Monday, May 17

A Few Thoughts on Prayer

I had planned to write something on a different topic this morning, but reading Mr. Standfast's post today with my first-thing-I-do cup of coffee made me start thinking about the subject of prayer, so I'm posting something I've been thinking of posting on that subject instead.

Have you noticed that in the beginning of many of the epistles he writes, Paul has a little section like this one from the first chapter of Philippians?
I thank my God every time I remember you. I always pray with joy in my every prayer for you all because of your participation in the gospel from the first day until now. For I am sure of this very thing, that the one who began a good work in you will perfect it until the day of Christ Jesus. For it is right for me to think this about all of you, because I have you in my heart, since both in my imprisonment and in the defense and confirmation of the gospel all of you became partners in God's grace together with me. For God is my witness that I long for all of you with the affection of Christ Jesus. And I pray this, that your love may abound even more and more in knowledge and every kind of insight so that you can decide what is best, and thus be sincere and blameless for the day of Christ, filled with the fruit of righteousness that comes through Jesus Christ to the glory and praise of God. (Philippians 1:3-11 NET)
Paul tells the Philippian believers that they are included in his prayers, but he tells them a little more than that. He tells them that his prayers include both thanks for certain things about them, and requests made on their behalf. In the case of the Philippians, he is thankful for their participation in the gospel, probably refering specifically to their willingness to give sacrificially to support Paul when he was in need, both now on the occasion of Paul's imprisonment, and previously when Paul had been in need during his missionary work (See chapter 4:10-19); and he is thankful that God began working in them, and is continuing to work in them, and that He will keep on working in them.

Then he tells them what specific petitions he is making on their behalf. He prays that God will cause their love will grow in discernment so that they can learn to choose the best things and in that way be pure and without offense, and that God will fill them with the good qualities that are produced through association with Christ. As we learn later in the book, despite their faithful support of Paul in the his work trailblazing with the gospel, they seem to have had a bit of a problem having the right attitude toward each other, and this may well be part of what Paul is addressing in these particular requests for them.

So, Paul does three things: he prays for them, he tells them that he prays for them, and he tells them what he is praying for them. Since I first studied this book several years ago, I have tried to follow the example of Paul in this regard, although I haven't been as successful at is as I ought to have been.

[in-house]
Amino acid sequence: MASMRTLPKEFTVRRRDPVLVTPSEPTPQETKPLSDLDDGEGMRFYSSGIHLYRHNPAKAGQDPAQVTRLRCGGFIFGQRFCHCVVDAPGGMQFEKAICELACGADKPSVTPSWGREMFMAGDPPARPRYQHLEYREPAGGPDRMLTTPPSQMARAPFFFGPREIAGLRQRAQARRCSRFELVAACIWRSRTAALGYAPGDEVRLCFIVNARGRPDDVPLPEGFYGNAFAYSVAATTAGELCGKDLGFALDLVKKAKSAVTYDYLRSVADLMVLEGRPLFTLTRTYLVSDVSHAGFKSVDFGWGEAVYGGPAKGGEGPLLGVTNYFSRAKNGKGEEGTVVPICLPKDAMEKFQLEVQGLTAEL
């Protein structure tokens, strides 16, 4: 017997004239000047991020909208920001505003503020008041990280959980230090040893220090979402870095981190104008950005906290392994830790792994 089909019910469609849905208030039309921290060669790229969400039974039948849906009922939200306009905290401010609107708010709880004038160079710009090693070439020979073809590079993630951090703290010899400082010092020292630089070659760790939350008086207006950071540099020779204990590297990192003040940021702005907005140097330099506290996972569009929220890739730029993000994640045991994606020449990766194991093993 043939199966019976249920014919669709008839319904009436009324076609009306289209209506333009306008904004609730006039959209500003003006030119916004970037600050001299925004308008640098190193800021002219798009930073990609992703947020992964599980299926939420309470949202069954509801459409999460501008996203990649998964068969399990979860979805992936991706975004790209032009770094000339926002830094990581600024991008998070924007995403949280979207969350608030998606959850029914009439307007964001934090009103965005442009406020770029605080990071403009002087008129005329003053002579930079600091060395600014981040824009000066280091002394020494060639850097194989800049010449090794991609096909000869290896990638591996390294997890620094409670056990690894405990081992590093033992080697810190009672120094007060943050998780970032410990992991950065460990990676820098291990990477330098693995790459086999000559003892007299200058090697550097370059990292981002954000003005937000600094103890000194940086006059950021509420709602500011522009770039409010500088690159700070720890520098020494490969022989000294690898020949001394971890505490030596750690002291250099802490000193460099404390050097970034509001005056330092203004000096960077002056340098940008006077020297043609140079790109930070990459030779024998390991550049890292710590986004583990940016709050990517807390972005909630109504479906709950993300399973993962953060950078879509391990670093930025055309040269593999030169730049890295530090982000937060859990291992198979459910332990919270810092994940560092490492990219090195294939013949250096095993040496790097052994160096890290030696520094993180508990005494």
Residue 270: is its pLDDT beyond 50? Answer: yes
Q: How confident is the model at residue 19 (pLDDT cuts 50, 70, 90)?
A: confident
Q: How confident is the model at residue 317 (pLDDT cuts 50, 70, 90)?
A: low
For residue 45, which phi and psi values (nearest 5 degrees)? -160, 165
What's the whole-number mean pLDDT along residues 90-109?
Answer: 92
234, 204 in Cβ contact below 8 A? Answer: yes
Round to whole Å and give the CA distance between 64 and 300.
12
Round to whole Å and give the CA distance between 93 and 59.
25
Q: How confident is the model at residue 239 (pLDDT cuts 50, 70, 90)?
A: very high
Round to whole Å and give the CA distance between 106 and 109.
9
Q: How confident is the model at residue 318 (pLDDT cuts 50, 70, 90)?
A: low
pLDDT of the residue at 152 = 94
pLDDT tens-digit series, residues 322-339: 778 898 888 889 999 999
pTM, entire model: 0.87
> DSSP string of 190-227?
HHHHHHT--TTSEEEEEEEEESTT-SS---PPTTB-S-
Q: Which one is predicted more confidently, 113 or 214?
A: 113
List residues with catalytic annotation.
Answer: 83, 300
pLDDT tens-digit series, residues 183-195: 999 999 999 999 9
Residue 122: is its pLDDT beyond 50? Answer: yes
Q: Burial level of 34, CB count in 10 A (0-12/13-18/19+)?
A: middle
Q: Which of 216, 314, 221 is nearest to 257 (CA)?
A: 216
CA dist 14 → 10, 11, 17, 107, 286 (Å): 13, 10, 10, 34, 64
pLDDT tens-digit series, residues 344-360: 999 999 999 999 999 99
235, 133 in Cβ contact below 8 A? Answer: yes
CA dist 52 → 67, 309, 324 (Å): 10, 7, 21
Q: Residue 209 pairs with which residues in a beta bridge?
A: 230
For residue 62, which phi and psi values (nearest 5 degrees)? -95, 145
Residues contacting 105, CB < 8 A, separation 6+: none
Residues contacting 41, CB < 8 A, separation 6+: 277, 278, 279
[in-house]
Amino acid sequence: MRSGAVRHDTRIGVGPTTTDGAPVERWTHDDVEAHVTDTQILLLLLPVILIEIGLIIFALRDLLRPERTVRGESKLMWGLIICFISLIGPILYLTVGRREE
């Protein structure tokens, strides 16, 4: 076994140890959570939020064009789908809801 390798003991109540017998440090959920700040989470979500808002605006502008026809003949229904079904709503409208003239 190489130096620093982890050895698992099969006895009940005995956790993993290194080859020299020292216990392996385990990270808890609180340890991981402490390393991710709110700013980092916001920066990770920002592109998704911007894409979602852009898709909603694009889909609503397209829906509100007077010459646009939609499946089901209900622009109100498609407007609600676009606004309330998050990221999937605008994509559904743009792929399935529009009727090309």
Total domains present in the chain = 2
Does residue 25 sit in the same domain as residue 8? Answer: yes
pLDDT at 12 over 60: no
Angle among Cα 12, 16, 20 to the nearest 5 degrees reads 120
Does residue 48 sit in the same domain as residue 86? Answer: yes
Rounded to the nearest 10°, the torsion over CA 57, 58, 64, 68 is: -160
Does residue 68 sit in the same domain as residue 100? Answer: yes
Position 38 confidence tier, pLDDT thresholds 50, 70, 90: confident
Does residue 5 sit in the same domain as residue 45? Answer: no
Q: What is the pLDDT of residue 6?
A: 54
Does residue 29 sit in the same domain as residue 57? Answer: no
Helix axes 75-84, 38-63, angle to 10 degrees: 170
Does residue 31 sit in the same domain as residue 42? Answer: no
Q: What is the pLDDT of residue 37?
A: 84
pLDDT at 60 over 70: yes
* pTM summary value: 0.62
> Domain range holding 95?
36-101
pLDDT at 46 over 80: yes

We all know we ought to pray for the other believers we know and love, and that responding to our prayers on behalf of others is one of the ways God works in the lives of people, but we forget sometimes to tell them that we are praying for them. Then, of course, they miss the joy that comes from knowing that there are prayers made concerning them, outside of their own thanks and petitions, that are reaching God's ears.

The example from Paul that we are least likely to follow, I think, is telling those we pray for exactly what sorts of things we are saying to God pertaining to them. This is means they may miss out on another way God works. Knowing what sorts of things about us others who know us are thankful for lets us know the areas in which our walk with God is more successful. It also tells us something about the talents and gifts that we have. Knowing what petitions are made for us lets us know what needs others see in us. This gives us confidence that God will be working to meet these needs, and also lets us know the areas that we ought to concentrate on as we "work out our salvation".

As those of you who read here regularly know, my family has been through difficult times in the past few years. You don't know what it meant to hear from people we knew only slightly, or even not at all, who would say or write, "We are praying for you. So is my prayer group at my church." It meant that even when I couldn't muster a prayer, I knew God was still hearing prayers made for us. It meant that we always felt cared for, even when things were at their lowest.

This is one of the areas I'm trying to work on in my own prayer life, because I know from the example of scripture and my own experience how important these three things are: praying for others in their struggles, letting them know we are praying for them, and letting them know what things we are praying concerning them.